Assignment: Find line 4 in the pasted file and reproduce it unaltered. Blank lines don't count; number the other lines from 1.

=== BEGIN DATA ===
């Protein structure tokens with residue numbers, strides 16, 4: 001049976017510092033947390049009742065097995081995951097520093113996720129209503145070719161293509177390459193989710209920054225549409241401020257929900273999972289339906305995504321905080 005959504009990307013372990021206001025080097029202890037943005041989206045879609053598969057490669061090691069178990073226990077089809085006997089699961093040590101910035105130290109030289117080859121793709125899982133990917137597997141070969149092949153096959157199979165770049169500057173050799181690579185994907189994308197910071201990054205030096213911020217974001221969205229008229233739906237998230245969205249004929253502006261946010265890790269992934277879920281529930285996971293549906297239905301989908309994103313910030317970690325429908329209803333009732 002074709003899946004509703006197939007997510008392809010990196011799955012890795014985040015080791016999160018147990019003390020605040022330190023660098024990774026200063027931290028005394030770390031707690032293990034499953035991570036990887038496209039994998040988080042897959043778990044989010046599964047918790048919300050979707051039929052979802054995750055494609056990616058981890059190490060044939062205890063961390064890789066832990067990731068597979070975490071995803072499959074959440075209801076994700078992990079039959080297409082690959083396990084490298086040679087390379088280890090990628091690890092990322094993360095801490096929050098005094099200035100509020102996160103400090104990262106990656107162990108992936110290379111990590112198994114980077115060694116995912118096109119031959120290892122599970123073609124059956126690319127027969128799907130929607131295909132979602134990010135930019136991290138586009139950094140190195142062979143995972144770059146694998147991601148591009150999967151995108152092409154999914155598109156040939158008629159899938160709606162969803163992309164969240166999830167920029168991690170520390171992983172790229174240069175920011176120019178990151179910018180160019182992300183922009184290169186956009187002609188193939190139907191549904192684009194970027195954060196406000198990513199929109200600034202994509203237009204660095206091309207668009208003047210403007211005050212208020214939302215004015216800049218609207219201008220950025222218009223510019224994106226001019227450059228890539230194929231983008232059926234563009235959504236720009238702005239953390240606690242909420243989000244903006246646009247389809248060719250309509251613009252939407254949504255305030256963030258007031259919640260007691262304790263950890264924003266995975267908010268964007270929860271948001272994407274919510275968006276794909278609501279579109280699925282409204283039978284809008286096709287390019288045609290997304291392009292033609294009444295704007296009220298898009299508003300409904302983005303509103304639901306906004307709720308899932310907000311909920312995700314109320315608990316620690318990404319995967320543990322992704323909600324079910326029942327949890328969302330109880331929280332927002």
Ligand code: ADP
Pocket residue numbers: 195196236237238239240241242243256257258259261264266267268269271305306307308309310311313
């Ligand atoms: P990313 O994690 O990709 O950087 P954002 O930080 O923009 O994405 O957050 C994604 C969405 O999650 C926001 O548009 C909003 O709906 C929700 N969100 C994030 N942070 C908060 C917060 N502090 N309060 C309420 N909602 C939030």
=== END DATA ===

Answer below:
């Ligand atoms: P990313 O994690 O990709 O950087 P954002 O930080 O923009 O994405 O957050 C994604 C969405 O999650 C926001 O548009 C909003 O709906 C929700 N969100 C994030 N942070 C908060 C917060 N502090 N309060 C309420 N909602 C939030």